5 minor mistakes that can cost you big on car insurance

10 Jun 2017

Although basic insurance standards vary from province to province, all Canadian car owners are legally required to have automobile insurance on each of their vehicles. Here Lisa Purves, director of personal auto at Intact Insurance, explains how you might be able to save yourself money and a headache by avoiding these simple but common mistakes.

1. Not asking. Always inquire about discounts when you're negotiating your insurance. Your provider may be able to offer you better rates based on a good driving record. Bundling your insurance into a home-automobile package might also help save you money. Or consider signing up for a usage-based insurance program, available in some provinces, that rewards you for safe driving habits.

2. Paying by instalments. Some insurers charge interest if you pay your premiums by monthly instalments. If paying upfront isn't an option, prioritize paying on time. Late or missed payments may result in further fees or even a policy cancellation, which could all lead to more expensive future premiums. You can set up pre-authorized payment arrangements with your bank so you'll never miss a payment or be late.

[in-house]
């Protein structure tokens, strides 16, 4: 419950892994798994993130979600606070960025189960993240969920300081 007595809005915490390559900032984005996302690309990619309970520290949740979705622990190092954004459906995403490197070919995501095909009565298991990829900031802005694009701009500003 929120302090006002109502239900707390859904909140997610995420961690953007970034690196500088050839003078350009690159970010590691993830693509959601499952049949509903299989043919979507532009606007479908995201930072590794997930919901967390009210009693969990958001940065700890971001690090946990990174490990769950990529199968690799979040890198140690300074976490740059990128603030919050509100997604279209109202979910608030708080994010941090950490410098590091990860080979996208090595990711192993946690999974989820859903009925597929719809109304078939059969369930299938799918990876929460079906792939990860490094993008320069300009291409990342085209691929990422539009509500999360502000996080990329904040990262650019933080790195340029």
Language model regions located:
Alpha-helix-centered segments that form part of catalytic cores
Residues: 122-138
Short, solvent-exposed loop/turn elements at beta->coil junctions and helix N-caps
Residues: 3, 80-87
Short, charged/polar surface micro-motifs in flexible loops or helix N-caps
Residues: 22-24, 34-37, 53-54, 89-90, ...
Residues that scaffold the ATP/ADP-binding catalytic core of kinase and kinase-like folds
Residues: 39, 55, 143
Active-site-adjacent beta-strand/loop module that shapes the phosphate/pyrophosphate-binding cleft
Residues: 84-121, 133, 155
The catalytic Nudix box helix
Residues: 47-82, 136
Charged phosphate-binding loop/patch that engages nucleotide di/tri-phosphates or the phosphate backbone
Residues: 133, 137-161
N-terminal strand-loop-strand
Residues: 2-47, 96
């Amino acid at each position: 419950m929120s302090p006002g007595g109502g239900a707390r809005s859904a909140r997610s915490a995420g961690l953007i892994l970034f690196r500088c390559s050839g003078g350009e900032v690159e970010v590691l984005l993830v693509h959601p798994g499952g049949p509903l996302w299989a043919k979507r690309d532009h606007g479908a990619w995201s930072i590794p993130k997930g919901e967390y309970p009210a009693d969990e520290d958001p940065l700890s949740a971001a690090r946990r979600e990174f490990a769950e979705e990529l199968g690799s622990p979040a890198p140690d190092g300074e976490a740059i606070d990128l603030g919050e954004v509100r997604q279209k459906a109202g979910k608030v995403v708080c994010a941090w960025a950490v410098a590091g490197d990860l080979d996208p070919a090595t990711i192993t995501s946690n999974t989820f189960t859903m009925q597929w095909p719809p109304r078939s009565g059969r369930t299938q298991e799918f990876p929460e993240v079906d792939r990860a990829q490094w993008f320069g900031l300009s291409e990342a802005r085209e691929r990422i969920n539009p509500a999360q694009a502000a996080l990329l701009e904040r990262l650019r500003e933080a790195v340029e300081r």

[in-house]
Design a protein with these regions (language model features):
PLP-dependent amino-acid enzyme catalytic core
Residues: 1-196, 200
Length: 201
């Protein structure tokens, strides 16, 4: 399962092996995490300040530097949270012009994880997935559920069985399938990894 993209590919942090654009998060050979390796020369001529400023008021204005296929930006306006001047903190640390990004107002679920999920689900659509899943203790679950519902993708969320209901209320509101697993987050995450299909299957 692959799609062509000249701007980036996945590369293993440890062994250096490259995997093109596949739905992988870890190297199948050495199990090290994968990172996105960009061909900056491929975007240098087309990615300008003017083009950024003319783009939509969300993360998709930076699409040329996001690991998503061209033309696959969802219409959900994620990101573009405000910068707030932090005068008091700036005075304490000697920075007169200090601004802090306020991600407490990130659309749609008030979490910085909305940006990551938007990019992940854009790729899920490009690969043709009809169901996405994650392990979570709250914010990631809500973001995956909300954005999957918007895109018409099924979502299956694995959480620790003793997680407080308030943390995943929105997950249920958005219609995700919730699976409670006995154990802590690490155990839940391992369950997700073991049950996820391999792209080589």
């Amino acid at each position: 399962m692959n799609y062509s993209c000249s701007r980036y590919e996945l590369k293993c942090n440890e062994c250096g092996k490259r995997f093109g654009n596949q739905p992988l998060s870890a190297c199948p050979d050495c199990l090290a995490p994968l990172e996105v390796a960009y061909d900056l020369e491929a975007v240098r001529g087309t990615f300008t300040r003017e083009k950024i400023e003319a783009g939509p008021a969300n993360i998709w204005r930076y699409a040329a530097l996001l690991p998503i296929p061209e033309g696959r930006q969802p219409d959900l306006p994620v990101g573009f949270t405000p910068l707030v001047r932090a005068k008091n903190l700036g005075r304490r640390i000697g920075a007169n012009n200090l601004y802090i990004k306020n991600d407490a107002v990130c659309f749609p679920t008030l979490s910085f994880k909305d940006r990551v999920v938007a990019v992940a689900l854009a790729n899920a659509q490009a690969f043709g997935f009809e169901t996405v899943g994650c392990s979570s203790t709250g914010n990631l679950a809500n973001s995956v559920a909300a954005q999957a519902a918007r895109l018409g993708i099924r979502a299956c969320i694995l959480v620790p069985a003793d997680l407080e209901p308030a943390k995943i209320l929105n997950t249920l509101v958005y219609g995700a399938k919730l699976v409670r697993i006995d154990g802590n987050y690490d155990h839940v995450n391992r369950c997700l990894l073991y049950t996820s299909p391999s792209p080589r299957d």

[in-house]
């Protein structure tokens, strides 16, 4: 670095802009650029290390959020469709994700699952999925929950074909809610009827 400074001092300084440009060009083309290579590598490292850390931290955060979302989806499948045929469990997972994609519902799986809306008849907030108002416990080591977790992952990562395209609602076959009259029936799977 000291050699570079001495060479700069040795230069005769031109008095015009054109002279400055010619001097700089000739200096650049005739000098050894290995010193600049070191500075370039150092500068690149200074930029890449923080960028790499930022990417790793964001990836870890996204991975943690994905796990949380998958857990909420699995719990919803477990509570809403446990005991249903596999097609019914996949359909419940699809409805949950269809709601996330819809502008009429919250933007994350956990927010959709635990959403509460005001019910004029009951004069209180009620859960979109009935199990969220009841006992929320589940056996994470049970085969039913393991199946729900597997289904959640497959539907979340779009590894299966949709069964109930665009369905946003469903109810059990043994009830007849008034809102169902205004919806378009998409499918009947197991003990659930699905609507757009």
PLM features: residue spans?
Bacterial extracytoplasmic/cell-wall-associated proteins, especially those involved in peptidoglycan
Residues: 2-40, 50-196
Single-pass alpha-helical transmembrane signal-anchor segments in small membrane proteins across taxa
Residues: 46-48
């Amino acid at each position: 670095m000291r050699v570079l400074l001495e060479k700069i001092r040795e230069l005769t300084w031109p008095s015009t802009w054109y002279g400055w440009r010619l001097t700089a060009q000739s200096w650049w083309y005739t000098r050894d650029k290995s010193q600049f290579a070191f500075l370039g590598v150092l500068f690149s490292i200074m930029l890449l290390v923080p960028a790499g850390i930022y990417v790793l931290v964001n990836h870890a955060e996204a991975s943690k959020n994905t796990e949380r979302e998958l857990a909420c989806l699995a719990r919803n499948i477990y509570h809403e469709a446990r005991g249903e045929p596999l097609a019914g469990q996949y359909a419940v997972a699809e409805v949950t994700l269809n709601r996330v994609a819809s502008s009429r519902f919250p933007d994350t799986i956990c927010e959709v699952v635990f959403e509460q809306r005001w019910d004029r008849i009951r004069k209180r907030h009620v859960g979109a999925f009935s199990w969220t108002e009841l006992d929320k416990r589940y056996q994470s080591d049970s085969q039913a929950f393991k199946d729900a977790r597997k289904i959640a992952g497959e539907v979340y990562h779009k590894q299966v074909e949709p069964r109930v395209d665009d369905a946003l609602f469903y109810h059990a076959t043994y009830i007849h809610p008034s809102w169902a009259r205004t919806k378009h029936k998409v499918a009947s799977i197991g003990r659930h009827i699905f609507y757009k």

3. Long commutes. Driving for an extended period of time to work every day means more mileage and time on the road, which both increase collision risk and wear and tear on your vehicle. These increased risks could potentially raise your insurance premiums, even with a good driving record. You may be able to reduce your mileage and time on the road by car-pooling, taking public transit or working from home for a few days each week.

4. Disobeying the law. Traffic violations such as speeding, driving under influence, and distracted driving may cause your premiums to spike. Always pay attention on the road and never rush. This will help keep you, your passengers and other motorists safe.

5. Lending your car. Before handing over your keys, think about how it may impact your vehicle and insurance record. Offer a lift and some help instead. Remember that anyone borrowing your car needs a license and permission to use your vehicle. If someone is borrowing your vehicle regularly, you should consider updating your policy to include them under your coverage.

www.newscanada.com

 

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